Courtesy boat inspections are the cornerstone of the state's invasive aquatic species prevention program. Limited funds are available for locally initiated CBI programs. Grants up to $2000 are available to municipal and county governments, quasi-municipal organizations (including water districts) and 501C(3) eligible organizations such as lake associations. The State of Maine also uses a Request for Proposal (RFP) process to solicit applications for plant control work.
Invasive Species Resources
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Maine Department of Environmental Protection.
California Department of Parks and Recreation. Division of Boating and Waterways.
As part of its mission, the Division of Boating and Waterways manages the Quagga and Zebra Mussel Infestation Prevention Grant Program, which supports preventative plans that help protect California’s reservoirs from a dreissenid mussel infestation. California State Parks Division of Boating and Waterways (DBW) will accept applications for the 2021 Quagga and Zebra Mussel Infestation Prevention Grant Program: March 22, 2021 - April 30, 2021, subject to available funds.
Minimum Eligibility Requirements:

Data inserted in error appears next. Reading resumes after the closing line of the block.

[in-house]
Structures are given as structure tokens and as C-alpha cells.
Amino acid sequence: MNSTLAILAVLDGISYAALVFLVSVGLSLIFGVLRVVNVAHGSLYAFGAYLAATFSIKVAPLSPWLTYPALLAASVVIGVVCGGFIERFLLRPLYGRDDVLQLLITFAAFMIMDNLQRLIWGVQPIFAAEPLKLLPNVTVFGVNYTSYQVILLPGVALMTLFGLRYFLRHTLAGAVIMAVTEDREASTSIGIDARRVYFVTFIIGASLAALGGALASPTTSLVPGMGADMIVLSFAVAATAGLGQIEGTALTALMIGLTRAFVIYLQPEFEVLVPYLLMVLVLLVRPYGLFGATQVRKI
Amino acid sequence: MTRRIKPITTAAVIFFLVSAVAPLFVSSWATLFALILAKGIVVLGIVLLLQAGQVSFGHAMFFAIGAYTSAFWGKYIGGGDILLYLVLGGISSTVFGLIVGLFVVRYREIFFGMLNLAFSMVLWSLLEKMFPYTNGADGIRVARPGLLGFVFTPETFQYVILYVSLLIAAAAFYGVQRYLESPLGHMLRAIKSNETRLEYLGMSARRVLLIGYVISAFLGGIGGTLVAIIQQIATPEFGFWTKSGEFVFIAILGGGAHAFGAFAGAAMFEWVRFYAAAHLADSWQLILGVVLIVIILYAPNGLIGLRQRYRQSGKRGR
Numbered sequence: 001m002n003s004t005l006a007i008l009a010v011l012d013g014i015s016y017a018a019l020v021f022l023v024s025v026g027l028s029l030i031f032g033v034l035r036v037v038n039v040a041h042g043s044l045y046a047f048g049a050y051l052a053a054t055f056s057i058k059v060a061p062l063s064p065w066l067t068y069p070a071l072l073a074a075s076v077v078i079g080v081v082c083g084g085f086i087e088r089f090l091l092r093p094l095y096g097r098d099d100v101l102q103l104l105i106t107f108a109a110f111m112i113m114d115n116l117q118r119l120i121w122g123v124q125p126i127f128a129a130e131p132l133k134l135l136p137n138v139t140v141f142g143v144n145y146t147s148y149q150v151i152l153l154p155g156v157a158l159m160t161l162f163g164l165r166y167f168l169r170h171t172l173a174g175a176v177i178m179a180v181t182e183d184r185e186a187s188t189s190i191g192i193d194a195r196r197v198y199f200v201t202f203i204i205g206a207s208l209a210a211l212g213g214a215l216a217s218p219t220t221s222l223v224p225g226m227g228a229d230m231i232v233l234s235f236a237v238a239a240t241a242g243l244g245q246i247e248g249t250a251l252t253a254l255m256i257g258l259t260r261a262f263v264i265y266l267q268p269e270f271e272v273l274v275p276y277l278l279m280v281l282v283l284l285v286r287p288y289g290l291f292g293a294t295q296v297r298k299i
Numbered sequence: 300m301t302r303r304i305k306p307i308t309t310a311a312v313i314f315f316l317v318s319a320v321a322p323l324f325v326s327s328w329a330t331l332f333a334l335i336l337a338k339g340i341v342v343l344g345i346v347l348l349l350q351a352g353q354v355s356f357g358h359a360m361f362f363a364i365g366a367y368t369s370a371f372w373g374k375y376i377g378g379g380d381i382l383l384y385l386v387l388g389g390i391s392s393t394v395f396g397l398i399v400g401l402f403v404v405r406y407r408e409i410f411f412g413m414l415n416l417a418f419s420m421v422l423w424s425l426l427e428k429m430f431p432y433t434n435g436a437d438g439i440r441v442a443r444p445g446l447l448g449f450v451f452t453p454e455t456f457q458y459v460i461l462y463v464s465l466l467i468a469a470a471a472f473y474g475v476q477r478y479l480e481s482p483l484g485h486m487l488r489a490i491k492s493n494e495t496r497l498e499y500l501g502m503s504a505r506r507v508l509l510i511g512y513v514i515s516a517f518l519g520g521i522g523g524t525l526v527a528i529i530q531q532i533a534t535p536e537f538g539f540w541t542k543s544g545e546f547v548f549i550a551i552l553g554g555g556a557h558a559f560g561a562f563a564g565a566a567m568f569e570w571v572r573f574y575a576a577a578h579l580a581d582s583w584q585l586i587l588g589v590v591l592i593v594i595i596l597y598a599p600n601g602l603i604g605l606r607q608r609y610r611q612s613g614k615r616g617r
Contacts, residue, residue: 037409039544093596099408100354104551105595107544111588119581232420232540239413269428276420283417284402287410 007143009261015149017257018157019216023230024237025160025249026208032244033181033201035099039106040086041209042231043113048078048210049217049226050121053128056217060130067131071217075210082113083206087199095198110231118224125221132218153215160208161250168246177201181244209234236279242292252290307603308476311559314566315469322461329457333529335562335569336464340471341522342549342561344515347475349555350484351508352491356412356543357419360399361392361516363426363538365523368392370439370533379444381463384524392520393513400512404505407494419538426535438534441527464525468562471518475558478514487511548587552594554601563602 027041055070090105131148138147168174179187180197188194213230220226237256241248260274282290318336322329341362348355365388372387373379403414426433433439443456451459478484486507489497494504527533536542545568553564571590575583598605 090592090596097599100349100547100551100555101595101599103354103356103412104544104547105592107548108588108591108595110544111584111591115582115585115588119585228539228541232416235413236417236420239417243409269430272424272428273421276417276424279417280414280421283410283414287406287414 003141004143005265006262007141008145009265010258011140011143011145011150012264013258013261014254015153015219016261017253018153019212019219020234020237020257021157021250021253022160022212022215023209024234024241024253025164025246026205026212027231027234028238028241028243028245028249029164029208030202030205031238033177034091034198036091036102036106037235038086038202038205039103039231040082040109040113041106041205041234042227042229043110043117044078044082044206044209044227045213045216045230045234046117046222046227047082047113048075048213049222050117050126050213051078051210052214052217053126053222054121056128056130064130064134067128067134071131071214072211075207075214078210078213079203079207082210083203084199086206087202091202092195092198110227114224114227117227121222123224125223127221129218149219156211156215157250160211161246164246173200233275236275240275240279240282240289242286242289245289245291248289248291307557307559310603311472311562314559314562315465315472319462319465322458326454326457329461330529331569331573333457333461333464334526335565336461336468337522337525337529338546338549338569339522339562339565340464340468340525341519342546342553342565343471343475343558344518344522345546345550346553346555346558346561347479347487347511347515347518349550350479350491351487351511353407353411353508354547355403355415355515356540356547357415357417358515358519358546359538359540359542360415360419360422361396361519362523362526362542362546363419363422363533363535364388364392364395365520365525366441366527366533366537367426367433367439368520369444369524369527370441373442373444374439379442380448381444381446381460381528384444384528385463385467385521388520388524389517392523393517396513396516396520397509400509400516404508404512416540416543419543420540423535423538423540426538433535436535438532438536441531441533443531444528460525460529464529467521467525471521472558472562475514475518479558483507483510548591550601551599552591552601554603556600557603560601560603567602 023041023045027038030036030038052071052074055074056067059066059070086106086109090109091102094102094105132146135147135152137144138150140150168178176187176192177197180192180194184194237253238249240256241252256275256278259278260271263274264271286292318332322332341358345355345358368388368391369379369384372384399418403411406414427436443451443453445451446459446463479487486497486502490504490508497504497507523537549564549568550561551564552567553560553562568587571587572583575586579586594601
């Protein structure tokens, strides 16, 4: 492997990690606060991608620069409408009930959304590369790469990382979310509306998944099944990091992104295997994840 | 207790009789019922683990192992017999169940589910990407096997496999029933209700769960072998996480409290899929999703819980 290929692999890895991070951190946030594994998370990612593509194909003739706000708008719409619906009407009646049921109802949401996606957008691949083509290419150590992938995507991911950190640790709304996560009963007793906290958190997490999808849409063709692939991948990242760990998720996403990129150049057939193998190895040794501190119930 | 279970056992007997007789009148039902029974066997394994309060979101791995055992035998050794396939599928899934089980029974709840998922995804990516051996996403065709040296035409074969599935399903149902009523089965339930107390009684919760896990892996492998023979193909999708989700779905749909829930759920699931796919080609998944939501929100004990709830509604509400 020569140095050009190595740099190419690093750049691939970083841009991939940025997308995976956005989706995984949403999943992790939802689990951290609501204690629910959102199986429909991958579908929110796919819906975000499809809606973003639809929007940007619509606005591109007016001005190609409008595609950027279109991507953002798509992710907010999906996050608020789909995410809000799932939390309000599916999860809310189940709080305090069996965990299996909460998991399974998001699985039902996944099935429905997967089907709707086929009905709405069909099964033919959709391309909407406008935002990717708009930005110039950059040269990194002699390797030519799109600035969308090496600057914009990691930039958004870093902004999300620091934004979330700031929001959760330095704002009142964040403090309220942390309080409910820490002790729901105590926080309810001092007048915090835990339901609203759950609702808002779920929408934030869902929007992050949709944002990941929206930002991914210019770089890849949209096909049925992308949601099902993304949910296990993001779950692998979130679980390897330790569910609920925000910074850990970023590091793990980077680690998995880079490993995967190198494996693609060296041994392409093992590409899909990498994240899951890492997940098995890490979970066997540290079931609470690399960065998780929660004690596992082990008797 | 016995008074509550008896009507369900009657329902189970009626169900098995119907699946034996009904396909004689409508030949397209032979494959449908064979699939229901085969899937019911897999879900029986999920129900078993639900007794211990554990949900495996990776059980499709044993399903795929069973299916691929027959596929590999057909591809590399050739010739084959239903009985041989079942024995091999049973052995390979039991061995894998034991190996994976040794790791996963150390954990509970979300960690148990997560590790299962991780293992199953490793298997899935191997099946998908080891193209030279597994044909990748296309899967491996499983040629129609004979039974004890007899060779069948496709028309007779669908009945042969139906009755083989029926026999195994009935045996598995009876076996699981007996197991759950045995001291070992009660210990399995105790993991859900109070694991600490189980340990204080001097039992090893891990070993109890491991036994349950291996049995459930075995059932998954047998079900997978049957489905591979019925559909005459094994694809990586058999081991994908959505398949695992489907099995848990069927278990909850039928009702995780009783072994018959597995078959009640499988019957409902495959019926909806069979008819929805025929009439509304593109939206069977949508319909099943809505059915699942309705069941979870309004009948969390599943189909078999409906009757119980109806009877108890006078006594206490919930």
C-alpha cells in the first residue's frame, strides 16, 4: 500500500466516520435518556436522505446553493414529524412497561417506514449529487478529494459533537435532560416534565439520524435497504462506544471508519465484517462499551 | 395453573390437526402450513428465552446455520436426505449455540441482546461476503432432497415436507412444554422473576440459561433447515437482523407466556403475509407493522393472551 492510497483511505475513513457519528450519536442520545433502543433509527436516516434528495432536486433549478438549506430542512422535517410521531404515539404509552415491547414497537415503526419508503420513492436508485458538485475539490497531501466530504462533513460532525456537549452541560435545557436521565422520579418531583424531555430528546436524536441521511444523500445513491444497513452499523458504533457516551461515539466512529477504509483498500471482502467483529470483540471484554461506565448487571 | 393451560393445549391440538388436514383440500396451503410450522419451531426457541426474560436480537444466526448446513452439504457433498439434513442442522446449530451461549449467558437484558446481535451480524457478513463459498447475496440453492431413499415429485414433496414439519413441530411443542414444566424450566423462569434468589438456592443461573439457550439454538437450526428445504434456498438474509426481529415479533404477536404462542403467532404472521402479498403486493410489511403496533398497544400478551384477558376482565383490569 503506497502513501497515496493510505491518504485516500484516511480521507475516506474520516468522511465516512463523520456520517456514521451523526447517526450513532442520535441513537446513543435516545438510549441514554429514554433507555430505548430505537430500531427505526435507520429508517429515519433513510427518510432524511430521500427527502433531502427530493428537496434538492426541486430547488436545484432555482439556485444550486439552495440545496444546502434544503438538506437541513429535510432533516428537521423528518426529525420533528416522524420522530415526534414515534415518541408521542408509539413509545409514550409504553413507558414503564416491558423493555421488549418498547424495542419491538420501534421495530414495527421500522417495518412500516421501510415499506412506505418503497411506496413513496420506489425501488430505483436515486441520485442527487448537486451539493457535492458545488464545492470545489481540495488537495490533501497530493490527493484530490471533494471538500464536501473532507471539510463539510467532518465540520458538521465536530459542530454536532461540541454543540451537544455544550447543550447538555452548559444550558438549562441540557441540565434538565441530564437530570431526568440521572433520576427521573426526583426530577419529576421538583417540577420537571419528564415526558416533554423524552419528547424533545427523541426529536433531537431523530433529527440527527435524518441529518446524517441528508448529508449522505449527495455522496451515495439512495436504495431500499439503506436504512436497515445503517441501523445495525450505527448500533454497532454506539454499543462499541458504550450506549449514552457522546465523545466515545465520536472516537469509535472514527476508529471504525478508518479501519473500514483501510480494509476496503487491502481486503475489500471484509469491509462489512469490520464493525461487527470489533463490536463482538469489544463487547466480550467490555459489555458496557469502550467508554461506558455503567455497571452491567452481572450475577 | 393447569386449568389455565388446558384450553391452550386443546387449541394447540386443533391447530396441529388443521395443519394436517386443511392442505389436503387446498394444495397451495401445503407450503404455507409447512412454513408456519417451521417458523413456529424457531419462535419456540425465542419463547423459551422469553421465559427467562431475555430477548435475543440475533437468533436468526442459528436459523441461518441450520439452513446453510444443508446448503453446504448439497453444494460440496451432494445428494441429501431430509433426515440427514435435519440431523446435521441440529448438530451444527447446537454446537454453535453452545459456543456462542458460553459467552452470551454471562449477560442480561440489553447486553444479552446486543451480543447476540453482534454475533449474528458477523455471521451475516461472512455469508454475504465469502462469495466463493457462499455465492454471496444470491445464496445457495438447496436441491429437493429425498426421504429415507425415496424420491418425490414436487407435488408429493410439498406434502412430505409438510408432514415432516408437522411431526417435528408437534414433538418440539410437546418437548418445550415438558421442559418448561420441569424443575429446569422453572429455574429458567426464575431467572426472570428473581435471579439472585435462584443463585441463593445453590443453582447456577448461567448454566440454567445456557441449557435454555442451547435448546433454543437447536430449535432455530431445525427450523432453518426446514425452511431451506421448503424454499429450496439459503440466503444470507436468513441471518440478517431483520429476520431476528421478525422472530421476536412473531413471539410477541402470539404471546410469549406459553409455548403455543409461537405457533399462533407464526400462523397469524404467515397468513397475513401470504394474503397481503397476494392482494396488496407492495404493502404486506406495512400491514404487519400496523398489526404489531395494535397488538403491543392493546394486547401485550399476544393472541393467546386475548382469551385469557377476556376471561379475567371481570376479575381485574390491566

Grant applicant must own/manage any aspect of the water in a reservoir where recreational activities are permitted; Grant applicant must demonstrate that the reservoir is uninfested with dreissenid mussels; and the reservoir must be open to the public.
White-nose syndrome (WNS) has killed more than six million bats over the past decade. WNS is caused by the fungus Pseudogymnoascus destructans (Pd). Studies show that bats eat enough insect pests to save the U.S. corn industry more than $1 billion a year in crop damage and pesticide costs, and more than $3 billion per year to all agricultural production including forests.
To help fund the research needed to combat this deadly disease, the U.S. Fish and Wildlife Service announced $2.5 million in grants for research of high priority questions about WNS that will improve our ability to manage the disease and conserve affected bats.
USDA. Animal and Plant Health Inspection Service.
Secretary Perdue is making available an additional $45 million to the Animal and Plant Health Inspection Service (APHIS) and its partners to address the ongoing virulent Newcastle disease (vND) outbreak in southern California. This funding will allow APHIS and the California Department of Food and Agriculture (CDFA) to strengthen their joint efforts to stop the spread of this disease and prevent it from affecting additional commercial flocks. vND has been confirmed in more than 435 backyard flocks since May 2018. It was also confirmed in four commercial flocks in December 2018 and January 2019.